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‘Brave’: Behind Marillion’s Bold Leap Into Mental Health
In Depth

‘Brave’: Behind Marillion’s Bold Leap Into Mental Health

Unravelling the mystery of a girl’s psychological struggles, Marillion’s 1994 album, ‘Brave’, is one of the band’s great artistic triumphs.


With their 1994 concept album, Brave, British progressive-rock legends Marillion embarked on a perilous journey into the troubled psyche of a young girl struggling to find her place in the modern world. Based loosely upon a true story, the album elaborates on the girl’s plight with chilling atmospherics and heartrendingly epic song arrangements that saw the band make a bold return to classic prog-rock territory.

Standing the test of time as a powerful statement on mental health, sexual abuse and emotional dysfunction, Brave has come to be regarded as one of Marillion’s finest achievements – a haunting rock opera that vividly explores the darker aspects of the human condition. Here’s why…

Listen to ‘Brave’ here.

The backstory: “I thought, That sounds like the first page of a mystery novel”

Back in late 1988, a disturbing news story caught the ear of Marillion frontman Steve Hogarth as he was listening to the radio. The police had discovered a young girl wandering around in a confused state near the M4 motorway, worryingly close to the Severn Bridge – a notorious suicide spot located on the border between England and Wales.

After taking the girl to a hospital in Bristol, investigations into her identity proved fruitless; she was mute and unresponsive, seemingly unable to remember her name or who exactly she was whenever nurses or police officers asked her questions. “The petite girl, aged 14-18,” wrote a news reporter for the Aberdeen Evening Express, “appears to be deaf and dumb and is not responding to police questioning.”

“I thought, That sounds like the first page of a mystery novel,” Hogarth later told Prog magazine. It wasn’t until five years later, however, that the singer decided to revisit the story of “the Silent Woman of Severn Bridge” for a concept album called Brave, a chilling exploration of psychological abuse and mental illness that would prove to be one of Marillion’s most ambitious and formidable projects.

The recording: “We all thought it would make for an interesting record”

Opting to record the album at Château De Marouatte, in the South of France, Marillion met with producer Dave Meegan in early 1993 to embark upon this dark and macabre musical undertaking. “We went there with a truck full of technology and turned the place into a recording studio,” Hogarth later recalled. Realising that Brave’s subject matter called for a sweeping and theatrical sound, the band returned once again to prog-rock’s more conceptual waters, working up lengthier compositions and more complex ideas than the ones they had developed for their previous album, 1991’s Holidays In Eden.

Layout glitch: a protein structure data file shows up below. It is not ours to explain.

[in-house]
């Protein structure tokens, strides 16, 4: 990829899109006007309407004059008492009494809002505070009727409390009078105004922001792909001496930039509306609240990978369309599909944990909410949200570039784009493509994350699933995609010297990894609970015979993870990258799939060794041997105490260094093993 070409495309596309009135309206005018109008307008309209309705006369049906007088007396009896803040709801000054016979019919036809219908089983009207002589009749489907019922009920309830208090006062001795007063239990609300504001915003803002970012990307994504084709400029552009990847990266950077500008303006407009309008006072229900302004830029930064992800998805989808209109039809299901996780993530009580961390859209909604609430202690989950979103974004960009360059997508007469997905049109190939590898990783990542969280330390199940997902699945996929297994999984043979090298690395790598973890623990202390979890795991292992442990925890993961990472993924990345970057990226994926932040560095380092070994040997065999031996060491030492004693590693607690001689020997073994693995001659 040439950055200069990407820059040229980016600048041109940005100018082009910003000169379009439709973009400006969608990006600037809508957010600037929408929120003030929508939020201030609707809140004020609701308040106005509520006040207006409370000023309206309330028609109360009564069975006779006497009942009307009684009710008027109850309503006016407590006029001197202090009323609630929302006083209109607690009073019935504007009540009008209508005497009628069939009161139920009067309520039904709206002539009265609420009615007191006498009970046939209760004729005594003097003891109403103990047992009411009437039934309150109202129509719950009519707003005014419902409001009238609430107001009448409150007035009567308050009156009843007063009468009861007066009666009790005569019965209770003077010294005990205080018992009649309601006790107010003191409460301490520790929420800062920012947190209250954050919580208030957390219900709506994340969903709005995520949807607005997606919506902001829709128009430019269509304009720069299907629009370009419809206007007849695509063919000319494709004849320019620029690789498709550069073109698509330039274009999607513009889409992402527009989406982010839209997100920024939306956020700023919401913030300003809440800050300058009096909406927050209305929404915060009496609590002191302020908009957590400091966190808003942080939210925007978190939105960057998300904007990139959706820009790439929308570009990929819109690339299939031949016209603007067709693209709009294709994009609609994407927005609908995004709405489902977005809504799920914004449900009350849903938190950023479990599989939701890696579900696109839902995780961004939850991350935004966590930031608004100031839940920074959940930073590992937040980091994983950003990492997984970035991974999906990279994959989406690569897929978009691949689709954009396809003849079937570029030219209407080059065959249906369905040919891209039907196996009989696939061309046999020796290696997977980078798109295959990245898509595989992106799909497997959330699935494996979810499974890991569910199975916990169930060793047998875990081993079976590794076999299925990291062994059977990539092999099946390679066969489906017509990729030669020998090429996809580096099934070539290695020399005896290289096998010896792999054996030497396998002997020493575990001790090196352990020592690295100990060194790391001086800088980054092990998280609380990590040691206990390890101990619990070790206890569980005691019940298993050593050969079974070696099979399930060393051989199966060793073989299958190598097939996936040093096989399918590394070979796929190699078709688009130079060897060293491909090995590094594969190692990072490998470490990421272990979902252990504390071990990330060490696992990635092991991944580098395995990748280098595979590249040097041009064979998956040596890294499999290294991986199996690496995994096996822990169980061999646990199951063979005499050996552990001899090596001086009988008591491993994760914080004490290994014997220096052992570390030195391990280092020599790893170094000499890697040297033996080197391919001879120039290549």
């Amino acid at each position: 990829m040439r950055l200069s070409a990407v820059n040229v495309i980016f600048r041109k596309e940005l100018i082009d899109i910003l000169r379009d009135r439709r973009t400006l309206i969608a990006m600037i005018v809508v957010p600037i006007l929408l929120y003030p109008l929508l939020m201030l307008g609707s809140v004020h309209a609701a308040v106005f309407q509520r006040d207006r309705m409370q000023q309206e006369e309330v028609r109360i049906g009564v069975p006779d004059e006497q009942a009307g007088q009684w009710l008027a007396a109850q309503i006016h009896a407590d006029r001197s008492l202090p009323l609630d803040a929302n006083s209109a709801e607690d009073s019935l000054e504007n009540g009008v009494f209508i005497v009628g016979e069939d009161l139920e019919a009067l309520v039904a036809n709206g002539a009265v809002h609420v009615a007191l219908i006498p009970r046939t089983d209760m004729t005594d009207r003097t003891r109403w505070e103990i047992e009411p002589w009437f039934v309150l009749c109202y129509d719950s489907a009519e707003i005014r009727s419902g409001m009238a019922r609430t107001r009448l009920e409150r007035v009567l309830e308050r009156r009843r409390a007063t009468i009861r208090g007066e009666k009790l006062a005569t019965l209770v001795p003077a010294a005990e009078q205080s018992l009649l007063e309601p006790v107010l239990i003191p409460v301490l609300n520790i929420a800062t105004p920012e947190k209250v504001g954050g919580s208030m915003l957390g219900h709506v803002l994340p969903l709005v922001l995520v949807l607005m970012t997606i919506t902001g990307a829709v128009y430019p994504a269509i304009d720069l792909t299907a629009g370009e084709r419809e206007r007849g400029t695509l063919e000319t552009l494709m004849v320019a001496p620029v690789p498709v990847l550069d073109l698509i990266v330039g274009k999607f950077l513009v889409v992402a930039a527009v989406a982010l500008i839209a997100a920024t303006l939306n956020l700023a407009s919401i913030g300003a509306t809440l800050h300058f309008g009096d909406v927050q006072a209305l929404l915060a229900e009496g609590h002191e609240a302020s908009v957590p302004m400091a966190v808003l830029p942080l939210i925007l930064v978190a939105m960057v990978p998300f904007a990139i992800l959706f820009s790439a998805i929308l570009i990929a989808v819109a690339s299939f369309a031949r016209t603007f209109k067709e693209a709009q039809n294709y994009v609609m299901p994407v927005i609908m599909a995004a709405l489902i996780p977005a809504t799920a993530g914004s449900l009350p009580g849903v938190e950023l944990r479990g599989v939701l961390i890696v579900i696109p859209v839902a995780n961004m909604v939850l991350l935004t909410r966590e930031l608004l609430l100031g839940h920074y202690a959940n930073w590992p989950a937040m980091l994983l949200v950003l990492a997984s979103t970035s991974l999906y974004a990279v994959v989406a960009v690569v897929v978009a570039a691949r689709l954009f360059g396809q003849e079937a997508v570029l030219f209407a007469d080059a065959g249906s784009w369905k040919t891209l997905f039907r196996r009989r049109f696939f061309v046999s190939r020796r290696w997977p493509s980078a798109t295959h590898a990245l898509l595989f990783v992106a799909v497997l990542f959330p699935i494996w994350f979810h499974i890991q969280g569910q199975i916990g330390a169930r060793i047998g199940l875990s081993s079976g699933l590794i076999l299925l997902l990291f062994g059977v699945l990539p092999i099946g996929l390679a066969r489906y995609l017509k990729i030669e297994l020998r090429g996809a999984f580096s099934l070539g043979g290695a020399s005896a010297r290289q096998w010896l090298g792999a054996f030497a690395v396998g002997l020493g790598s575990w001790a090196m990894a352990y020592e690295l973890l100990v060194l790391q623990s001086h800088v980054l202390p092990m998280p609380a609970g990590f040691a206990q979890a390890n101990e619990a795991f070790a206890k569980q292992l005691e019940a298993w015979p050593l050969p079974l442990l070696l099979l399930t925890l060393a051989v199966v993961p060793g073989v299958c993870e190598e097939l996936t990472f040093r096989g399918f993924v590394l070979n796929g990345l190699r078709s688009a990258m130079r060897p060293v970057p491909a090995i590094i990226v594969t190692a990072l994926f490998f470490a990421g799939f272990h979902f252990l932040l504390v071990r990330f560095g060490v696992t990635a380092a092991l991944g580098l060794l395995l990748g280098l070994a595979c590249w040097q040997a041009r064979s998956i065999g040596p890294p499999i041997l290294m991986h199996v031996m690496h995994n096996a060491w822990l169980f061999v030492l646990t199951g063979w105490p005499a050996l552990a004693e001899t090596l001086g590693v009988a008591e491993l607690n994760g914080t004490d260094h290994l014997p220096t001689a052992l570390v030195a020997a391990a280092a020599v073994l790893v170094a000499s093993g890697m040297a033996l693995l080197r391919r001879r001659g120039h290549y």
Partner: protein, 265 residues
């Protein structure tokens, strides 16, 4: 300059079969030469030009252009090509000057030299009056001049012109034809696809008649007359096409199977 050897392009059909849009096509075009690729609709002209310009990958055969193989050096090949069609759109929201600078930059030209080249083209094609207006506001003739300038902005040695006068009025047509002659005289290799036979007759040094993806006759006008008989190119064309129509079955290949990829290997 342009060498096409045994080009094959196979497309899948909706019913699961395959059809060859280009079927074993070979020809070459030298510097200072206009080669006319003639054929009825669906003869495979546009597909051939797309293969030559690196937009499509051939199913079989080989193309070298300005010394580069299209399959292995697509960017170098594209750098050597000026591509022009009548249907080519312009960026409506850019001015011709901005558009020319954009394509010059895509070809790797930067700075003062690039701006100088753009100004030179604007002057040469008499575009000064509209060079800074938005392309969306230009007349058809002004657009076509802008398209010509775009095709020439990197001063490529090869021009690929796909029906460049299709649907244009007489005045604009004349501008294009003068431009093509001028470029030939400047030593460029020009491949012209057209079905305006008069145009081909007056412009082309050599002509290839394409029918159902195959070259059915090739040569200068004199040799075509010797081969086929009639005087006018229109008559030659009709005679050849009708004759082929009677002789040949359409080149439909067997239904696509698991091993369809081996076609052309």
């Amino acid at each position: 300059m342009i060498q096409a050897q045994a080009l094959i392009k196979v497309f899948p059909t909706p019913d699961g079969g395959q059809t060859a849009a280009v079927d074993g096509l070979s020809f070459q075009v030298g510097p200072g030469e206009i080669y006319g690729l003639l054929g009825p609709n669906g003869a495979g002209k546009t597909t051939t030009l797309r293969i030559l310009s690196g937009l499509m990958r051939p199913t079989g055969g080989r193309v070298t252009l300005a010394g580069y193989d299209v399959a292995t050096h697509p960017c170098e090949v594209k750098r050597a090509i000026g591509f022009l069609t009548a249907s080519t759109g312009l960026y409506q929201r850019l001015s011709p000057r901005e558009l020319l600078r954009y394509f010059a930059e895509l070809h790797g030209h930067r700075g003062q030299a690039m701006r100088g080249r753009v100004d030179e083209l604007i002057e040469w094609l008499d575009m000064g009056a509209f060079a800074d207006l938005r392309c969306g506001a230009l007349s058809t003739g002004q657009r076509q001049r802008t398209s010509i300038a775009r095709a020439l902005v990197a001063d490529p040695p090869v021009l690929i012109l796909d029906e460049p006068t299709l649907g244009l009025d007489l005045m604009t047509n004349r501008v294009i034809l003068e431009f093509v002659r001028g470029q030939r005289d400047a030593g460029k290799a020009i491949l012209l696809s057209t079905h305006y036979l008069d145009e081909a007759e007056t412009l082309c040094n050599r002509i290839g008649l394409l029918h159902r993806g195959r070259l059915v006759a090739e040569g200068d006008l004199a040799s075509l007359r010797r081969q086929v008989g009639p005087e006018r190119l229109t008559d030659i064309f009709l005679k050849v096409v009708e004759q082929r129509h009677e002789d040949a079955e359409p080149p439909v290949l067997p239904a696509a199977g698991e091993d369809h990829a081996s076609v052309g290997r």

With the story of the unidentified girl as a starting point, Hogarth’s lyrics took inspiration from tabloid reports of drug addiction, sexual abuse and societal breakdown. Seemingly telling the story of young girl grappling with the loss of innocence, it was clear from Brave’s opening two songs – the eerie ambient synthscape of Bridge and the conspiracy-laced paranoia of Living With The Big Lie – that this fictional exploration of the protagonist’s inner psyche was a springboard to a broader social commentary on moral decay in the modern world. “We all thought it would make for an interesting record,” Hogarth later admitted, “and an adventure.”

Sent spiralling with “The babble of the family/And the dumb TV” and decrying “Chemicals in the water/Drugs in the food”, Brave opens like a rush of anxiety-filled delirium. Evoking an icy and haunting atmosphere, the album’s success was no doubt aided by the fact that it was recorded in a medieval castle in the Dordogne which dated back to the 13th century, the building’s ghosts wailing from the walls like banshees in limbo. With Hogarth painfully expressing the girl’s feelings of disillusionment (“Not believing the leaders, the media that feeds us/Living with the big lie”) and pondering the reasons behind her decision to abscond on Runaway (“Did you cry when they dragged you home?”), Marillion were on a mission to make listeners’ blood run cold.